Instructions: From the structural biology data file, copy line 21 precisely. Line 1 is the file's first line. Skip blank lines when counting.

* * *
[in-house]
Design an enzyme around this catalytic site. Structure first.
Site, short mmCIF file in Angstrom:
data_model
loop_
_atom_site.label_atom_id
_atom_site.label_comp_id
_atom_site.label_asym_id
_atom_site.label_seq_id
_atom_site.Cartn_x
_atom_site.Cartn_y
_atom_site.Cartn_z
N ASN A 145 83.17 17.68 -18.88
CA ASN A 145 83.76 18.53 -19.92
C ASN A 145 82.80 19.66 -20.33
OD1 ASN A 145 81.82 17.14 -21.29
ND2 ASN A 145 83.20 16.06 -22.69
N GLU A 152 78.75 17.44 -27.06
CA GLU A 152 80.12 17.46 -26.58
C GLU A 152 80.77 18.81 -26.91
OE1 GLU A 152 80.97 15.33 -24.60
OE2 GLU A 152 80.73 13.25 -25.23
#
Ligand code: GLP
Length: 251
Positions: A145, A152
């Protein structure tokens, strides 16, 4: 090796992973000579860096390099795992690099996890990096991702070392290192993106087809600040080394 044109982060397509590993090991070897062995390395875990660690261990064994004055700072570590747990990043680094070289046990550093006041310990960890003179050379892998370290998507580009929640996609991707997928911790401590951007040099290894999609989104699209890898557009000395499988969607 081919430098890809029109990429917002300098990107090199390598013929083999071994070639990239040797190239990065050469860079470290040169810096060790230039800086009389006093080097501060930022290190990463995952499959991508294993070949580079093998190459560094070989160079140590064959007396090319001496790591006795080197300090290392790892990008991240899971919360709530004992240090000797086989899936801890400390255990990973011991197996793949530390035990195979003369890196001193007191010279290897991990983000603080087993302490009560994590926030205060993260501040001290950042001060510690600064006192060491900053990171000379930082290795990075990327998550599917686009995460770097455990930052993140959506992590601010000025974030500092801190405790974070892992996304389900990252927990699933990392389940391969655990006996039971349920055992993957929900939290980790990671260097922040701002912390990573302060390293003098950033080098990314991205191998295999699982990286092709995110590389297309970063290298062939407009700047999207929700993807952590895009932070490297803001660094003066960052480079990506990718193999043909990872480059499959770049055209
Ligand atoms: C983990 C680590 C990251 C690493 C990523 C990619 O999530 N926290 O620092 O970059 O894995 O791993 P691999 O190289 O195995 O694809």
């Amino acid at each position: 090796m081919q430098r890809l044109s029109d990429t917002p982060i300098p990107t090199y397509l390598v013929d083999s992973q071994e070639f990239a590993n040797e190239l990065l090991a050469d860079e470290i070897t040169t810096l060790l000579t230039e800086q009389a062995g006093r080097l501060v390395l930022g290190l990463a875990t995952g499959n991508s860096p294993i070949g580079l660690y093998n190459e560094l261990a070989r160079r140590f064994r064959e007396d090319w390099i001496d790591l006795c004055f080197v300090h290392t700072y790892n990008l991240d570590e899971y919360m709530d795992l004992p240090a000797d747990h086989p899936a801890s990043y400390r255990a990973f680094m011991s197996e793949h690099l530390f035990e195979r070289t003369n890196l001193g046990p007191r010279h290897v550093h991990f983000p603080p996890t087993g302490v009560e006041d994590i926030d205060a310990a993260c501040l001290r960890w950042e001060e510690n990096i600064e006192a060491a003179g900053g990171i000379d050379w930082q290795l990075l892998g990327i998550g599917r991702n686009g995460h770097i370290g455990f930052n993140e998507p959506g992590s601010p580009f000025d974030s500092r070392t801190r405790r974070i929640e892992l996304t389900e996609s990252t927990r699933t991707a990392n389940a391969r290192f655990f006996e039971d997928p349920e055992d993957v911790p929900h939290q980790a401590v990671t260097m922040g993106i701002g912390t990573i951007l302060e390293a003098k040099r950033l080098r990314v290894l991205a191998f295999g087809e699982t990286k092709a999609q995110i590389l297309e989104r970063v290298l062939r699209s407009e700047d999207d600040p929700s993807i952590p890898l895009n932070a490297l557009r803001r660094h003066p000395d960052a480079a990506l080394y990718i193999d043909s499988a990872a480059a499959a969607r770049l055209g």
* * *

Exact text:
OE1 GLU A 152 80.97 15.33 -24.60